Sometimes I almost wish I were actually more tempermental, so that when people declare that Buddhism teaches that suffering is optional, and thus that people can just choose not to suffer, I can bitch slap them and then ask how they're doing on choosing not to suffer. There are a lot of reasons this irritates me. The biggest is that it's just so mean. Look, if someone is hurting, telling them that the only reasons they're hurting is that they're doing it wrong is really judgemental and annoying.
Stepping back... It's hard for me to not see it as pretty naive, particularly in that comfortable middle class life sort of way. I might be missing a few points, here, though. I've noticed recently that my assumption tends to be that people are compassionate, unless there's something getting in the way of that compassion... and I gather from a few conversations that this is probably a gloss at best. I tend to expect that if people have the time and energy, they'll care what's going on with other people. I tend to expect that the more experience you have with pain, the more sympathy you will have for others in pain. And that if you have a clue, you'll try to meet people, especially people who are in pain, where they are.*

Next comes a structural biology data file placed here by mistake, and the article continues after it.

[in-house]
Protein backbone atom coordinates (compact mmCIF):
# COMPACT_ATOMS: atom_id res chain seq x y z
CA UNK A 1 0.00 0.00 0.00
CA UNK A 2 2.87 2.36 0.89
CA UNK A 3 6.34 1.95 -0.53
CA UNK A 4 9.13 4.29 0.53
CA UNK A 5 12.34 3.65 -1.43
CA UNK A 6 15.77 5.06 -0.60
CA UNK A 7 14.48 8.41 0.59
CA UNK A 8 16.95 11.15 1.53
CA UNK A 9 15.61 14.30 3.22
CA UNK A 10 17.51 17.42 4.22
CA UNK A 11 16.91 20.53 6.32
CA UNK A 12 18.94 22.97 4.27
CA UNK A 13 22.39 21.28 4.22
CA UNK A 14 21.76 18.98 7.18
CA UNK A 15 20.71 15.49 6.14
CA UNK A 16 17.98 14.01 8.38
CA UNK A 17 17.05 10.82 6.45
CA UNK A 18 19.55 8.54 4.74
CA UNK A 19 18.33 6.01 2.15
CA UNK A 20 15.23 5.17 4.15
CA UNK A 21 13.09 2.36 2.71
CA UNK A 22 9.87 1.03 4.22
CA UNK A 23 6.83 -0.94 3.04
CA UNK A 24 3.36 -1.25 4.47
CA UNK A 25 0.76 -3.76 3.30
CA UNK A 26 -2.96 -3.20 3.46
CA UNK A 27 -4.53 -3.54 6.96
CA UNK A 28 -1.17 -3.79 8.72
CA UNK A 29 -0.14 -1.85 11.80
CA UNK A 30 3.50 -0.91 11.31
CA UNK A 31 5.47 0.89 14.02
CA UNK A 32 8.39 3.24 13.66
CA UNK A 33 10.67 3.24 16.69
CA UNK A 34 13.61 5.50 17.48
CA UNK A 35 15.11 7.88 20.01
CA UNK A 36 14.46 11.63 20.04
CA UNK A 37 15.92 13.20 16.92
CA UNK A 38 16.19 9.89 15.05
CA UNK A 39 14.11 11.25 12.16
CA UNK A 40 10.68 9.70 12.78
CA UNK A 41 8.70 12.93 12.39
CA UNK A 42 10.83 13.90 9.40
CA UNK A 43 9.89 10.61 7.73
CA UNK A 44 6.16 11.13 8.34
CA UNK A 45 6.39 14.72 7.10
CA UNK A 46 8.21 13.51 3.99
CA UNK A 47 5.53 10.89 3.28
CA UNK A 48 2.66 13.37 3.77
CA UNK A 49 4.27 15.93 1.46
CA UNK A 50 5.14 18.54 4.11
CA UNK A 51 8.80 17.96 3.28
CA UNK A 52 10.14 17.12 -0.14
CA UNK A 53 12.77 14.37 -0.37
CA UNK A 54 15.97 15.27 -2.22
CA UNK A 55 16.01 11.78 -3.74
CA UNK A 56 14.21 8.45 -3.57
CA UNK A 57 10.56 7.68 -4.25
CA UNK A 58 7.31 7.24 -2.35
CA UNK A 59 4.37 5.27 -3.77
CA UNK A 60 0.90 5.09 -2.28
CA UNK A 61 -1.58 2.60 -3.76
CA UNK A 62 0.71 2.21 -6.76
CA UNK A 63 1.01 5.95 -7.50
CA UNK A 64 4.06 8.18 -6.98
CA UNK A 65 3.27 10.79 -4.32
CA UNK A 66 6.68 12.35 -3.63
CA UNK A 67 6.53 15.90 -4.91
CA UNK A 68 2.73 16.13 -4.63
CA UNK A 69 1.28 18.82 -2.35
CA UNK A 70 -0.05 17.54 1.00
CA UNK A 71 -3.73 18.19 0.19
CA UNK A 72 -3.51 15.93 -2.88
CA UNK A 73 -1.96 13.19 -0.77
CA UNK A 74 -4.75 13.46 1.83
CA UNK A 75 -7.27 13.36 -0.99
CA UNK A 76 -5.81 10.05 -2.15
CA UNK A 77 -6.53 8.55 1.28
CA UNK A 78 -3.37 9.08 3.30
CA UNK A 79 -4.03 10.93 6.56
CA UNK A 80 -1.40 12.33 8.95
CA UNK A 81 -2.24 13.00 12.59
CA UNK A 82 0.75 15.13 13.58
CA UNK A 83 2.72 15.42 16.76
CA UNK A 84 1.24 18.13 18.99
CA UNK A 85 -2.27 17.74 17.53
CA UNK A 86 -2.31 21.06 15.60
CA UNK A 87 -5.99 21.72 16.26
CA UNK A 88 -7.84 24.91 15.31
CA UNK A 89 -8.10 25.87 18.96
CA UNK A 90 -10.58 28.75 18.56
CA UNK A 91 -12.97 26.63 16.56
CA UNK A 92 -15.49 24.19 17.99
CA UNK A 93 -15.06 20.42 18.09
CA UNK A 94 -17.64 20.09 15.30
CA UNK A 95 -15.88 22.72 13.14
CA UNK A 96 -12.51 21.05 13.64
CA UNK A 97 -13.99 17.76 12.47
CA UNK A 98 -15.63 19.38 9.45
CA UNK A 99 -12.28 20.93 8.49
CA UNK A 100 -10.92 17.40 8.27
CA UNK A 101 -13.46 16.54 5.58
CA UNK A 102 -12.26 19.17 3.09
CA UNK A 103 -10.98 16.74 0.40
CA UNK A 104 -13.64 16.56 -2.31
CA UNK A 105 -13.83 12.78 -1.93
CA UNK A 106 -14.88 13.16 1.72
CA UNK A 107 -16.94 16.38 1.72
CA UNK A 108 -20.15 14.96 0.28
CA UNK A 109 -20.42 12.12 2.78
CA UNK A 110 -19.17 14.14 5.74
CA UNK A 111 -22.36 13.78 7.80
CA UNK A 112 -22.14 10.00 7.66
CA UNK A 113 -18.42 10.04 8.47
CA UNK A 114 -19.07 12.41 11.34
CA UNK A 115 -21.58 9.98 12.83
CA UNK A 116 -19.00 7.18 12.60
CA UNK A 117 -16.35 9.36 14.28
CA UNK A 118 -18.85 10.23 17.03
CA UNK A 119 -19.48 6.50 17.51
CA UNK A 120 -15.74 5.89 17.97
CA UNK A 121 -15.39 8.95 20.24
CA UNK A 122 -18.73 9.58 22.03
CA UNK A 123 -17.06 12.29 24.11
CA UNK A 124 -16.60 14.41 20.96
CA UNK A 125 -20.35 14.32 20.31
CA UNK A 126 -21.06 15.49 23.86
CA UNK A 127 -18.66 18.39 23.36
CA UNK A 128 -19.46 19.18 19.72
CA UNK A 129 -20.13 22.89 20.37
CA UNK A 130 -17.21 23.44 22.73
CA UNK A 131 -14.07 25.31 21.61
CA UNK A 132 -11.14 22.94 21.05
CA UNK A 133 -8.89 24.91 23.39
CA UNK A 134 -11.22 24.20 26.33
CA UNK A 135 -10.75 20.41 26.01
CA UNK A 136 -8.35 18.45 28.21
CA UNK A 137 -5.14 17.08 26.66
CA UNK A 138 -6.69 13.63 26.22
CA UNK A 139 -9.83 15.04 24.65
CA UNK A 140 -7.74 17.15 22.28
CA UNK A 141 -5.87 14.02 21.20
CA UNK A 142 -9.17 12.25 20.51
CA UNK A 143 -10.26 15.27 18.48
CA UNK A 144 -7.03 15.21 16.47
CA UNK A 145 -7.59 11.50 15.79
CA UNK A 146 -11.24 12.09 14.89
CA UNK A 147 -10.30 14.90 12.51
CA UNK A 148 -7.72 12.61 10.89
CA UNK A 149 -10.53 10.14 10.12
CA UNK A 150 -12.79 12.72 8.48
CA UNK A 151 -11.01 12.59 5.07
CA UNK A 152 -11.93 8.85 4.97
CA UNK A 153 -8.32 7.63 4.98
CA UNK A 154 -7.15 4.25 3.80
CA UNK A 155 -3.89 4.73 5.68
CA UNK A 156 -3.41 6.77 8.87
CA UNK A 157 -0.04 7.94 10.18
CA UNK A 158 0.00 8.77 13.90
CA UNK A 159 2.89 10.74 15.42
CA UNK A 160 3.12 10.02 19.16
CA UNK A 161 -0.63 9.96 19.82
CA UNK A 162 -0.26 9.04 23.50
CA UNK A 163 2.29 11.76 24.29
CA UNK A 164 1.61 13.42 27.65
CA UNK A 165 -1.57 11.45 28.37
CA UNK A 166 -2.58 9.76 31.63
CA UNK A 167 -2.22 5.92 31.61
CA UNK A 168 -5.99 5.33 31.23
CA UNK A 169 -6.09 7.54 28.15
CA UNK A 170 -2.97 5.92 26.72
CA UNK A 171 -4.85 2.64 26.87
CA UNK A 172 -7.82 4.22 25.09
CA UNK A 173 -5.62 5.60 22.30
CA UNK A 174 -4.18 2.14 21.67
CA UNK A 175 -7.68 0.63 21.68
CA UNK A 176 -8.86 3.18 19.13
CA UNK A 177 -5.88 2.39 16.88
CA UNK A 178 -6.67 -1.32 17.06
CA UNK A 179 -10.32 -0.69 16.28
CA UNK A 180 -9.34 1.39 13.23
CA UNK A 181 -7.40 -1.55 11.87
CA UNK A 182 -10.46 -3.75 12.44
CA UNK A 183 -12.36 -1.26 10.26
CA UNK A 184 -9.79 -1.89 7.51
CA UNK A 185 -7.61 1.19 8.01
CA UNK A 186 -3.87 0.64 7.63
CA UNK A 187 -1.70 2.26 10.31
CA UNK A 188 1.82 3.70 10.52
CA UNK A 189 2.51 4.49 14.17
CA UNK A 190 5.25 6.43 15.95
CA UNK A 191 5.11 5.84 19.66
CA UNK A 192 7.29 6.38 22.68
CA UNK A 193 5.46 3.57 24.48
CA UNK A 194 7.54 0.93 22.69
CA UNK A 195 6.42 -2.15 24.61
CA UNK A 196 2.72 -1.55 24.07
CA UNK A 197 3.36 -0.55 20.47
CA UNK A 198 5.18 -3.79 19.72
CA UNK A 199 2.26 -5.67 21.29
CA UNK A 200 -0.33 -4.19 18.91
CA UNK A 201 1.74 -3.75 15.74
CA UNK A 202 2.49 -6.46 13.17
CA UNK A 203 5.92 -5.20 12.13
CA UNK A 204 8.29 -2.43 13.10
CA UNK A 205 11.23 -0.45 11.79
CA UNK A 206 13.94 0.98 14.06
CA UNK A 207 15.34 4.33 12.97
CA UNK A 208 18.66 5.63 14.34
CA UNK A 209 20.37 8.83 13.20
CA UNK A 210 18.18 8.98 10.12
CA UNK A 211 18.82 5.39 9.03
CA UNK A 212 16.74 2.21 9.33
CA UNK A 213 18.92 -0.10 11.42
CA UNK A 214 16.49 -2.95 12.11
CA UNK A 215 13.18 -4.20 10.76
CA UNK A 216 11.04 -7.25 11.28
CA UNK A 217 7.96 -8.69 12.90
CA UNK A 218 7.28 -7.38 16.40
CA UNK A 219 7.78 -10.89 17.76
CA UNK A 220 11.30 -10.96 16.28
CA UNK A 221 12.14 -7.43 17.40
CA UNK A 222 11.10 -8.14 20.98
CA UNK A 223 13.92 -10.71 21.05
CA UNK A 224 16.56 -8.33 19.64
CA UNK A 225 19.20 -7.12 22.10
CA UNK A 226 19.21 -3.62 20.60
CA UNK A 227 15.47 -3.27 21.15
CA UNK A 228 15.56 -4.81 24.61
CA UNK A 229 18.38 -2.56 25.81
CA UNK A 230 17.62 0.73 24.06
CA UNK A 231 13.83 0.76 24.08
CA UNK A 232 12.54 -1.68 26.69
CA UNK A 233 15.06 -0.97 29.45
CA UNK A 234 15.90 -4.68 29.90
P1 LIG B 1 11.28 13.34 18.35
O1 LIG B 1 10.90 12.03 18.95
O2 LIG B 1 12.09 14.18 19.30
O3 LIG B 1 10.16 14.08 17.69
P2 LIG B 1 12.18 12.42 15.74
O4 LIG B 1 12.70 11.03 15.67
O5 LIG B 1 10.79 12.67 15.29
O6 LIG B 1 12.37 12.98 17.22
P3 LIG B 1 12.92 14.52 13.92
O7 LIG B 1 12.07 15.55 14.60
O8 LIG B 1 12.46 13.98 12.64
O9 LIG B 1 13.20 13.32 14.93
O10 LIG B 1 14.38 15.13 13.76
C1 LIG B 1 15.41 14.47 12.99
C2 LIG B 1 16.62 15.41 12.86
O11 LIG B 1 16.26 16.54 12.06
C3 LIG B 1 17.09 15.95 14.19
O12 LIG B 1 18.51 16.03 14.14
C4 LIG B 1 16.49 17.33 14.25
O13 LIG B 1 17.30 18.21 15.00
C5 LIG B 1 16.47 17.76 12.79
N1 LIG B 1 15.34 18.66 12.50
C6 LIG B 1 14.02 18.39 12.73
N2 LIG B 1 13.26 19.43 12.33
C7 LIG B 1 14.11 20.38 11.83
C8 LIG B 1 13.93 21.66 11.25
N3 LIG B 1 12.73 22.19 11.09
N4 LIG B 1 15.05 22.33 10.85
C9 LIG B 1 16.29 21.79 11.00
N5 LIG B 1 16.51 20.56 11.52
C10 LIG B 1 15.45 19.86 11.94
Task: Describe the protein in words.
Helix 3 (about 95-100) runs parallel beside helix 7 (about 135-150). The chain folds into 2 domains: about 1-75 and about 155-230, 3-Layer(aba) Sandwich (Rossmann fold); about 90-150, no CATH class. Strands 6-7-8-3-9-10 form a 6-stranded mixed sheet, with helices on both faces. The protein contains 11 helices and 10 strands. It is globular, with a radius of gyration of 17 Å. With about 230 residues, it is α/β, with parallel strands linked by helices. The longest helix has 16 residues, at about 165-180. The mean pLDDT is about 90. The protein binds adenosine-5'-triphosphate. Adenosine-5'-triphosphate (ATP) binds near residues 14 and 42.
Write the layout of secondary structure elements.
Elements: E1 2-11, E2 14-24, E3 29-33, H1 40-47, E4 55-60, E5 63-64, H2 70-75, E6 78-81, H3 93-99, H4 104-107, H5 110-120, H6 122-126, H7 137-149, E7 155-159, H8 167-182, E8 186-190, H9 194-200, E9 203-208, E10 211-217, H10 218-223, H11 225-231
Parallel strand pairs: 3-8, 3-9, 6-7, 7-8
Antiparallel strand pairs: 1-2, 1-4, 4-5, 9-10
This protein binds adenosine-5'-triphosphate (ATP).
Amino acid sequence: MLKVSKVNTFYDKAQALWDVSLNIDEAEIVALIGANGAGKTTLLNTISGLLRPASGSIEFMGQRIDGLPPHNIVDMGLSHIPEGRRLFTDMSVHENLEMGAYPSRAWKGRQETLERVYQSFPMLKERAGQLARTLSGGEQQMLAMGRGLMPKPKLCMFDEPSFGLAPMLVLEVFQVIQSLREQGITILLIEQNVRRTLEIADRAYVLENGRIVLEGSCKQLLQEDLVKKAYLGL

And perhaps it especially pisses me off because there are so many readings of buddhism (I mostly hear them from western non-buddhists, but suspect the capacity to be assholes is pretty universal) that are victim blaming and awful. Hm. I guess I'll cut over to a conversation via twitter, eliding the name of the guy who set me off. (It's entirely possible he was trying to be helpful... though ugh, it's hard for me to see how thinking this could help would be other than seriously clueless. Also, it's all on twitter.) So this is just all me ranting.
> I am a Buddhist, and, like woah, this has to be one of the most corrosive misreadings of Buddhism ever.
> Being a Buddhist isn't about turning yourself into an invincible superman who judges others for feeling pain.( Read more... )